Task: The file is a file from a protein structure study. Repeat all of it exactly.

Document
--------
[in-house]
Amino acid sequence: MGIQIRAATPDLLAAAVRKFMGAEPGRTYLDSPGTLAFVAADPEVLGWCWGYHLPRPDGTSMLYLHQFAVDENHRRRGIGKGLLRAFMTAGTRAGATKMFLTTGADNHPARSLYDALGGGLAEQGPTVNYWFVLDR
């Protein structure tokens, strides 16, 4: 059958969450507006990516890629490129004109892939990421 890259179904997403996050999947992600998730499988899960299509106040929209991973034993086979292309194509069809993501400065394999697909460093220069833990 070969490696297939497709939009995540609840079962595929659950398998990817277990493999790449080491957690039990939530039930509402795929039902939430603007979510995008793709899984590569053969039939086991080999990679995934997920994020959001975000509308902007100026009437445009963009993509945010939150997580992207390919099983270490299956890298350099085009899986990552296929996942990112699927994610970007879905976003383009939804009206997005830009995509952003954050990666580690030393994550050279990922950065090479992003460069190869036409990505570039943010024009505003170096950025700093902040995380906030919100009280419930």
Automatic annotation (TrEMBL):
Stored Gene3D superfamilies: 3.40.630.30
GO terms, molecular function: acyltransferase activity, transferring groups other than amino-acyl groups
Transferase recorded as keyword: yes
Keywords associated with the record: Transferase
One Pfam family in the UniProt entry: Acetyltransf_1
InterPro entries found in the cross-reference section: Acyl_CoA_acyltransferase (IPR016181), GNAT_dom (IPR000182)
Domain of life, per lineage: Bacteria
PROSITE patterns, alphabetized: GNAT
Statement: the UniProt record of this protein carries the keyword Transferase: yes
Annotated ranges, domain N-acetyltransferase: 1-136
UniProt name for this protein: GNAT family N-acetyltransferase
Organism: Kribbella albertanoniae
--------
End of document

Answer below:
[in-house]
Amino acid sequence: MGIQIRAATPDLLAAAVRKFMGAEPGRTYLDSPGTLAFVAADPEVLGWCWGYHLPRPDGTSMLYLHQFAVDENHRRRGIGKGLLRAFMTAGTRAGATKMFLTTGADNHPARSLYDALGGGLAEQGPTVNYWFVLDR
């Protein structure tokens, strides 16, 4: 059958969450507006990516890629490129004109892939990421 890259179904997403996050999947992600998730499988899960299509106040929209991973034993086979292309194509069809993501400065394999697909460093220069833990 070969490696297939497709939009995540609840079962595929659950398998990817277990493999790449080491957690039990939530039930509402795929039902939430603007979510995008793709899984590569053969039939086991080999990679995934997920994020959001975000509308902007100026009437445009963009993509945010939150997580992207390919099983270490299956890298350099085009899986990552296929996942990112699927994610970007879905976003383009939804009206997005830009995509952003954050990666580690030393994550050279990922950065090479992003460069190869036409990505570039943010024009505003170096950025700093902040995380906030919100009280419930």
Automatic annotation (TrEMBL):
Stored Gene3D superfamilies: 3.40.630.30
GO terms, molecular function: acyltransferase activity, transferring groups other than amino-acyl groups
Transferase recorded as keyword: yes
Keywords associated with the record: Transferase
One Pfam family in the UniProt entry: Acetyltransf_1
InterPro entries found in the cross-reference section: Acyl_CoA_acyltransferase (IPR016181), GNAT_dom (IPR000182)
Domain of life, per lineage: Bacteria
PROSITE patterns, alphabetized: GNAT
Statement: the UniProt record of this protein carries the keyword Transferase: yes
Annotated ranges, domain N-acetyltransferase: 1-136
UniProt name for this protein: GNAT family N-acetyltransferase
Organism: Kribbella albertanoniae